Last week, I introduced the Autumn Project (2018). You can read all about it, but in brief: between September and the end of December, 2018, I’m planning, plotting, and completing the first draft of my next novel, Light of the Outsider, in public.
It’s an exercise in accountability, transparency, beginner’s mind, and teaching what I learn. In that spirit, I’ve promised to share my progress on a weekly basis through “minisodes” of Sonitotum with Matthew Wayne Selznick.
This is the first update!
Listen to the episode for all the details… meanwhile, here are some significant statistics and other stuff:
The Autumn Project (2018): September 9 through September 15, 2018
The focus of this week was on writing background for the major and point-of-view characters, plus a little housekeeping, notes, and research / reading as necessary.
I got through nearly all the major characters, with just two minor but pivotal characters left to finish on Sunday. I also compiled a timeline of those characters’ lives up to the events of the novel.
- Days Worked: Six
- Total Time Worked: 14 hours, 42 minutes
- Words Written: 12,004, not including the timeline, which was adapted from the prose background material
- Approximately 2,000 words per day / 816 words per hour
Why Write So Much Character Background Material?
In writing these background notes on each character, I’m having a conversation with myself.
It’s a way to ask questions, and uncover questions I might not have thought to ask in the process.
By thinking through things like how old someone was when a critical moment occurred in their life, or what motivated them to take one action instead of another, I’m forced to consider their personalities, which will ultimately inform how I write that character in the actual book.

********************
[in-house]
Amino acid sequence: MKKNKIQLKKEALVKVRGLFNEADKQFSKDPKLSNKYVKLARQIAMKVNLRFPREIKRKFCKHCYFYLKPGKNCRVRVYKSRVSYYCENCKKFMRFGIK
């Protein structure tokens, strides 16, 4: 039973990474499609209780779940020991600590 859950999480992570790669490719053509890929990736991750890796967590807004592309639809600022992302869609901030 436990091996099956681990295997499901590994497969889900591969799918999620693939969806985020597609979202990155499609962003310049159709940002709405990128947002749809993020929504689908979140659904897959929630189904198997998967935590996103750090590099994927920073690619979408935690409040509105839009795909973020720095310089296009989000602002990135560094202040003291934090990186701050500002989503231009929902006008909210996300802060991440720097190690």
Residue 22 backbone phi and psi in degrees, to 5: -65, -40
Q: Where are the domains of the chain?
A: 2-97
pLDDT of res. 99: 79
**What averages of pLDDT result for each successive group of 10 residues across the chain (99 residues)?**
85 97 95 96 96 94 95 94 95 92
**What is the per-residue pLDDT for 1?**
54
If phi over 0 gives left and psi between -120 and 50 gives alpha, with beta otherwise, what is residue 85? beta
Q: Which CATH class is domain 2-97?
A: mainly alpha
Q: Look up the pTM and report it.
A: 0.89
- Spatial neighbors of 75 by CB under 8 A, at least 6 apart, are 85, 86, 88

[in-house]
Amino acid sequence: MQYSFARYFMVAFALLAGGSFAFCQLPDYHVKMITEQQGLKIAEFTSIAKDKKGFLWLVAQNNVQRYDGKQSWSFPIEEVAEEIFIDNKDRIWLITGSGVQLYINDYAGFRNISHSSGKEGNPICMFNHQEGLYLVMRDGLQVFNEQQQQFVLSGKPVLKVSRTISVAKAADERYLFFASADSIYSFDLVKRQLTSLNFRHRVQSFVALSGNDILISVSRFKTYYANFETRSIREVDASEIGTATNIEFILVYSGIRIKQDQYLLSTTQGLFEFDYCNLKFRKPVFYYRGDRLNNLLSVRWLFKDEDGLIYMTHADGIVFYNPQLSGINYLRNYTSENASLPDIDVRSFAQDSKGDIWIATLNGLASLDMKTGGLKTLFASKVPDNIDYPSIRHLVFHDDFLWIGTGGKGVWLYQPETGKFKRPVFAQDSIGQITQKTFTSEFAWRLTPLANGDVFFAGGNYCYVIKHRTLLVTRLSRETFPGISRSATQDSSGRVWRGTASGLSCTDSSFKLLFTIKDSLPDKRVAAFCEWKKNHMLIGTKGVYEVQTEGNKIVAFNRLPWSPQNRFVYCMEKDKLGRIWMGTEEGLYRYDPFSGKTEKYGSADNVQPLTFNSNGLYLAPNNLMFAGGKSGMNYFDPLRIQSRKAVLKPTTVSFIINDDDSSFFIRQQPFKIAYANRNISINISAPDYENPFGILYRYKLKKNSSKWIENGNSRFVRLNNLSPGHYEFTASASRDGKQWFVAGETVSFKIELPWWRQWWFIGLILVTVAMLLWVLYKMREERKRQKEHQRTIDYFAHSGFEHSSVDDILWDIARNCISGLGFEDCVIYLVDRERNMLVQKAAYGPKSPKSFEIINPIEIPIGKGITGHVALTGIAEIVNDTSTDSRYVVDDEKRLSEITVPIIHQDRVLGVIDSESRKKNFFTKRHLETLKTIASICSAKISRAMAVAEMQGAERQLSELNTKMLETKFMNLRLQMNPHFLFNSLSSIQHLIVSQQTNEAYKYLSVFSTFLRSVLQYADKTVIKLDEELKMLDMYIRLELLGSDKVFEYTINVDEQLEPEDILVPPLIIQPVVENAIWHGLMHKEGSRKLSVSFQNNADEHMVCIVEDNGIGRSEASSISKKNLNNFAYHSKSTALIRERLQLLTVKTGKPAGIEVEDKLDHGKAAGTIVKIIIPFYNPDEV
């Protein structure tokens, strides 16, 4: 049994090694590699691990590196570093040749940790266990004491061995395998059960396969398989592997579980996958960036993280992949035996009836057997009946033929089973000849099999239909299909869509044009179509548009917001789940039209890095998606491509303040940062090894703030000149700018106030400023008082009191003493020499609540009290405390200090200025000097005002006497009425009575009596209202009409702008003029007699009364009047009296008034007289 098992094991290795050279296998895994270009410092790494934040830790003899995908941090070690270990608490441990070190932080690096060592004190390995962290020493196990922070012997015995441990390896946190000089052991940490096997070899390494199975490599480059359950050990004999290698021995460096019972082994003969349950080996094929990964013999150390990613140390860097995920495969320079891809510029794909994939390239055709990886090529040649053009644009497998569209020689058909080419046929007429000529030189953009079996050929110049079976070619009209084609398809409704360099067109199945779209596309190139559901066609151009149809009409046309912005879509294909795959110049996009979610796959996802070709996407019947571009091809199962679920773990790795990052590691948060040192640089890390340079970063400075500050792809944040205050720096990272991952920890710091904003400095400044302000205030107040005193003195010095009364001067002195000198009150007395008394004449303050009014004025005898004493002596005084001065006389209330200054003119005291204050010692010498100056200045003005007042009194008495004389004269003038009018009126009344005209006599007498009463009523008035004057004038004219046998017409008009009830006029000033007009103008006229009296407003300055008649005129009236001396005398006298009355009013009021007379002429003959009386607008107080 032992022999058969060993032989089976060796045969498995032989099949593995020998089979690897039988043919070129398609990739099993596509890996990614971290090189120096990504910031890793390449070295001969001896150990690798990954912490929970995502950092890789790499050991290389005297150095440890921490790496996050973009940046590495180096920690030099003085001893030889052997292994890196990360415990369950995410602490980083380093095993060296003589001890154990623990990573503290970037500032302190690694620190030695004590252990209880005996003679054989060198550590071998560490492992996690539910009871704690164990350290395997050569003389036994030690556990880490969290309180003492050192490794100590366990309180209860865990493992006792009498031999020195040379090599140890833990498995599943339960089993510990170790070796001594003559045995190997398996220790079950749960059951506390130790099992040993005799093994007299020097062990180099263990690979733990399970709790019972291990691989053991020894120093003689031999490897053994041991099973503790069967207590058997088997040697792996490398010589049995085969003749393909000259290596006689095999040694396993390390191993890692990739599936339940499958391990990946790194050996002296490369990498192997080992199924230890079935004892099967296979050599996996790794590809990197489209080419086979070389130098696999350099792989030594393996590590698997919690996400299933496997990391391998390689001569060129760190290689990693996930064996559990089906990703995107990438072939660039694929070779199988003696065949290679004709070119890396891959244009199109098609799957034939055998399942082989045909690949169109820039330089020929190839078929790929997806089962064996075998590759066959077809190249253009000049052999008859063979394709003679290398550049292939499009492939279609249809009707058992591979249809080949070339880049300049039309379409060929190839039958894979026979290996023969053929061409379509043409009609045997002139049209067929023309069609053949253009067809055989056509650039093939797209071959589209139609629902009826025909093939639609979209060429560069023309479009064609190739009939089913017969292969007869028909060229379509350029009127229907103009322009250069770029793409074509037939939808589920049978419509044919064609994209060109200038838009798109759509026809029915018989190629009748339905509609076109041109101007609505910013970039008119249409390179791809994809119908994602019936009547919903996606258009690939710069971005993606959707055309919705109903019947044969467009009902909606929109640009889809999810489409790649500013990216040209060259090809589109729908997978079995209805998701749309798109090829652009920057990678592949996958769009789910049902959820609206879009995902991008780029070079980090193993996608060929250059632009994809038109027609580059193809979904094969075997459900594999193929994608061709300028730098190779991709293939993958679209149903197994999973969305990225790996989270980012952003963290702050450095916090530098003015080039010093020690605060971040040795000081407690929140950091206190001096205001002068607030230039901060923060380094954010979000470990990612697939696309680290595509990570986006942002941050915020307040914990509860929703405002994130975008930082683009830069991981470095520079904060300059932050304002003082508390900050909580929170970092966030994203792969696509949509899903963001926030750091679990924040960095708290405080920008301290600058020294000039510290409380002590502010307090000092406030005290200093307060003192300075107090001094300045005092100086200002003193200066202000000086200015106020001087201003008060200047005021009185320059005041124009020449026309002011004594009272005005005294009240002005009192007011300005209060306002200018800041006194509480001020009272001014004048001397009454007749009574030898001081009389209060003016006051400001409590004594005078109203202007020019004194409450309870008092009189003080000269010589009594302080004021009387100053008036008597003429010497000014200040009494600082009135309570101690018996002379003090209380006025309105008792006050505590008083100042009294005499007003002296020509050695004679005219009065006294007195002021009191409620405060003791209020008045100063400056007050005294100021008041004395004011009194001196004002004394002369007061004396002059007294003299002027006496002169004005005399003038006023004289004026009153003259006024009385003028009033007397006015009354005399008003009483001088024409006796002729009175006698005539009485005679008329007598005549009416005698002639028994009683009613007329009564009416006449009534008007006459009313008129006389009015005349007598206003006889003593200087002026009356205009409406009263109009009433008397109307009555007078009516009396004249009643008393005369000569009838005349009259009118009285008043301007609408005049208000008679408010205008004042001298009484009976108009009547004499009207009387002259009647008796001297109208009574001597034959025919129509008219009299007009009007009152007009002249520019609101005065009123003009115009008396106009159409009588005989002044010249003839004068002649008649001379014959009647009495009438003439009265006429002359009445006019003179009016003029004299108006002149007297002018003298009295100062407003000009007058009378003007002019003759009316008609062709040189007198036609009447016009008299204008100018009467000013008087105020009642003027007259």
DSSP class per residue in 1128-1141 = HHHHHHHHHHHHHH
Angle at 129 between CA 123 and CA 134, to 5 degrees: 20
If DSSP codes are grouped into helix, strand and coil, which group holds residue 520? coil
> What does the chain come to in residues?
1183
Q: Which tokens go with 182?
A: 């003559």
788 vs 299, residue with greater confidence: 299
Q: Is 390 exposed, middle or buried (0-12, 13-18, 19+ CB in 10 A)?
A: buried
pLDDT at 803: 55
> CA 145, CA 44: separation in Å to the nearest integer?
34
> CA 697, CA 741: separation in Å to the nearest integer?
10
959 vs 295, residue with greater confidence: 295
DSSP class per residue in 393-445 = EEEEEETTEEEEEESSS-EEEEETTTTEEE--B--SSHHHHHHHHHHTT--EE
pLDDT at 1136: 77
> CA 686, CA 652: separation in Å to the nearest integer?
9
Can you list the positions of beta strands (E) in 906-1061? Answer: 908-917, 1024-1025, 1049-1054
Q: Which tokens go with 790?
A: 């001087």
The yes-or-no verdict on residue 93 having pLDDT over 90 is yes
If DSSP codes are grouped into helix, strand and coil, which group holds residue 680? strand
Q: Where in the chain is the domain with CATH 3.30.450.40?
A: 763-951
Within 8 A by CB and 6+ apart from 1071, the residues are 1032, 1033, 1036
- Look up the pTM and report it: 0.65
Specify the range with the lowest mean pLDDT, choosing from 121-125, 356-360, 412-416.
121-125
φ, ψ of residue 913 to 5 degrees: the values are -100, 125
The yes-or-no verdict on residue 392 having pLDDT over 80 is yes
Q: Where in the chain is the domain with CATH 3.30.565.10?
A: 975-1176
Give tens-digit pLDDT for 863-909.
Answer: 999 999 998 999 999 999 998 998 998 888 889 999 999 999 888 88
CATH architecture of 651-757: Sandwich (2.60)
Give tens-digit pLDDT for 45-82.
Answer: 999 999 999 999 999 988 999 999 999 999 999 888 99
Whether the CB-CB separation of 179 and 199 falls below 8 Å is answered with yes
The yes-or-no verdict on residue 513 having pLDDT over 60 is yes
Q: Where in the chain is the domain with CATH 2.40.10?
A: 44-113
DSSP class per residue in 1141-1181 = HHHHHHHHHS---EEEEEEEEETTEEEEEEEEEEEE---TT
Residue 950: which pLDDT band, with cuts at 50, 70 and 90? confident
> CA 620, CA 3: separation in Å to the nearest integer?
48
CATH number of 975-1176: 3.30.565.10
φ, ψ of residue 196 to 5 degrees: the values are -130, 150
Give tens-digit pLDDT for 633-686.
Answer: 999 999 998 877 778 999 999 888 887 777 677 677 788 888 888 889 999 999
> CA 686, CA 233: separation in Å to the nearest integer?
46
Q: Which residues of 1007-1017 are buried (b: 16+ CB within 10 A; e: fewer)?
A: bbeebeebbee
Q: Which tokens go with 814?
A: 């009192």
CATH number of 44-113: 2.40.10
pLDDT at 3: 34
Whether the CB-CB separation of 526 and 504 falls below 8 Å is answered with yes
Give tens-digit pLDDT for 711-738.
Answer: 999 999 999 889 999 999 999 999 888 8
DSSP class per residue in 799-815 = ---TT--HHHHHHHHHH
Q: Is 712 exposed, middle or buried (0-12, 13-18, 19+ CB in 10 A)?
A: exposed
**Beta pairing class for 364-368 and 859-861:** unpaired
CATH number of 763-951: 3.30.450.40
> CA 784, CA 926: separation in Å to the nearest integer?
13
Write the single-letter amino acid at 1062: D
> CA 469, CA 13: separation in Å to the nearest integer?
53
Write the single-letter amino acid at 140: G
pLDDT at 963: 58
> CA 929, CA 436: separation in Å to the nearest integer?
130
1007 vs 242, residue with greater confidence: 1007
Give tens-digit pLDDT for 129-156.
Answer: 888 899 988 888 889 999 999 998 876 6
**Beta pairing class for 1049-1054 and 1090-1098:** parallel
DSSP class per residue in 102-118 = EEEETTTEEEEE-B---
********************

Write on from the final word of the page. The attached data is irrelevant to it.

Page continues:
Additionally, when I’ve written something about the history of a character and it’s staring back at me, I can quickly spot shortcuts I’ve taken and cheats I’ve committed in my own thought process. It’s an odd thing, noticing when an element is just not right, or is too simplistic, or doesn’t make sense when set against other elements… it’s like not being able to walk past a crooked picture frame hanging on a wall. You have to fix it, or you’re just lazy.
Perhaps the niftiest bi-product of writing these free-form, stream-of-consciousness essays is that each one, I’ve discovered, contains synopses for at least one short story. I could write a prequel collection, or a serial, presenting the origin tales (and other tales) from all of the principle characters in Light of the Outsider. Or I could have someone else do it… and this is how the seeds of a personal creative franchise are planted!
I surrendered Wednesday. I have a standing familial obligation on that day, and there just isn’t enough energy or time left over to dedicate to a couple hours of creative thought.